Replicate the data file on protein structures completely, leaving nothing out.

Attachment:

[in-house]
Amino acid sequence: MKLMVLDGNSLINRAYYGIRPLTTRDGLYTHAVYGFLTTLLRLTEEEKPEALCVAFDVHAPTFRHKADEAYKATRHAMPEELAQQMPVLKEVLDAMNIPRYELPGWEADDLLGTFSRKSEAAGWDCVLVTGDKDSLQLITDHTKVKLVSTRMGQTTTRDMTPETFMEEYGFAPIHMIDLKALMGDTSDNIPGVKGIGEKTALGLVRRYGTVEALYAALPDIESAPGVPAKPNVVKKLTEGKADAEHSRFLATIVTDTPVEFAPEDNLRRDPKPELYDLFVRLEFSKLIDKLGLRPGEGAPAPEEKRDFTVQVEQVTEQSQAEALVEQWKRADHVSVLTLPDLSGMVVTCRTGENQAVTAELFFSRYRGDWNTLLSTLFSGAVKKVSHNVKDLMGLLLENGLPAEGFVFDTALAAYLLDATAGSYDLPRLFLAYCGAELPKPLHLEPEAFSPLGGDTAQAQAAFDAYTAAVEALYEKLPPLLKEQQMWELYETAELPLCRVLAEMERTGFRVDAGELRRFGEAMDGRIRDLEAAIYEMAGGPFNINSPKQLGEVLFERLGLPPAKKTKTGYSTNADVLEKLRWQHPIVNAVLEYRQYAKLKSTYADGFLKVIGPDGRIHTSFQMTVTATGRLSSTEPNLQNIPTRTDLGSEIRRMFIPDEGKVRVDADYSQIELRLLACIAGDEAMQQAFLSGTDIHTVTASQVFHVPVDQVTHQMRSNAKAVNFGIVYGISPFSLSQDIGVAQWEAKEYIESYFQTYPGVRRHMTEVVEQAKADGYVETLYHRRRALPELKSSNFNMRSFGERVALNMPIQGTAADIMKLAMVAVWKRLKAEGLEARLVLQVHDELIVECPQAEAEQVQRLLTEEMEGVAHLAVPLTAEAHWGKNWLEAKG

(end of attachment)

[in-house]
Amino acid sequence: MKLMVLDGNSLINRAYYGIRPLTTRDGLYTHAVYGFLTTLLRLTEEEKPEALCVAFDVHAPTFRHKADEAYKATRHAMPEELAQQMPVLKEVLDAMNIPRYELPGWEADDLLGTFSRKSEAAGWDCVLVTGDKDSLQLITDHTKVKLVSTRMGQTTTRDMTPETFMEEYGFAPIHMIDLKALMGDTSDNIPGVKGIGEKTALGLVRRYGTVEALYAALPDIESAPGVPAKPNVVKKLTEGKADAEHSRFLATIVTDTPVEFAPEDNLRRDPKPELYDLFVRLEFSKLIDKLGLRPGEGAPAPEEKRDFTVQVEQVTEQSQAEALVEQWKRADHVSVLTLPDLSGMVVTCRTGENQAVTAELFFSRYRGDWNTLLSTLFSGAVKKVSHNVKDLMGLLLENGLPAEGFVFDTALAAYLLDATAGSYDLPRLFLAYCGAELPKPLHLEPEAFSPLGGDTAQAQAAFDAYTAAVEALYEKLPPLLKEQQMWELYETAELPLCRVLAEMERTGFRVDAGELRRFGEAMDGRIRDLEAAIYEMAGGPFNINSPKQLGEVLFERLGLPPAKKTKTGYSTNADVLEKLRWQHPIVNAVLEYRQYAKLKSTYADGFLKVIGPDGRIHTSFQMTVTATGRLSSTEPNLQNIPTRTDLGSEIRRMFIPDEGKVRVDADYSQIELRLLACIAGDEAMQQAFLSGTDIHTVTASQVFHVPVDQVTHQMRSNAKAVNFGIVYGISPFSLSQDIGVAQWEAKEYIESYFQTYPGVRRHMTEVVEQAKADGYVETLYHRRRALPELKSSNFNMRSFGERVALNMPIQGTAADIMKLAMVAVWKRLKAEGLEARLVLQVHDELIVECPQAEAEQVQRLLTEEMEGVAHLAVPLTAEAHWGKNWLEAKG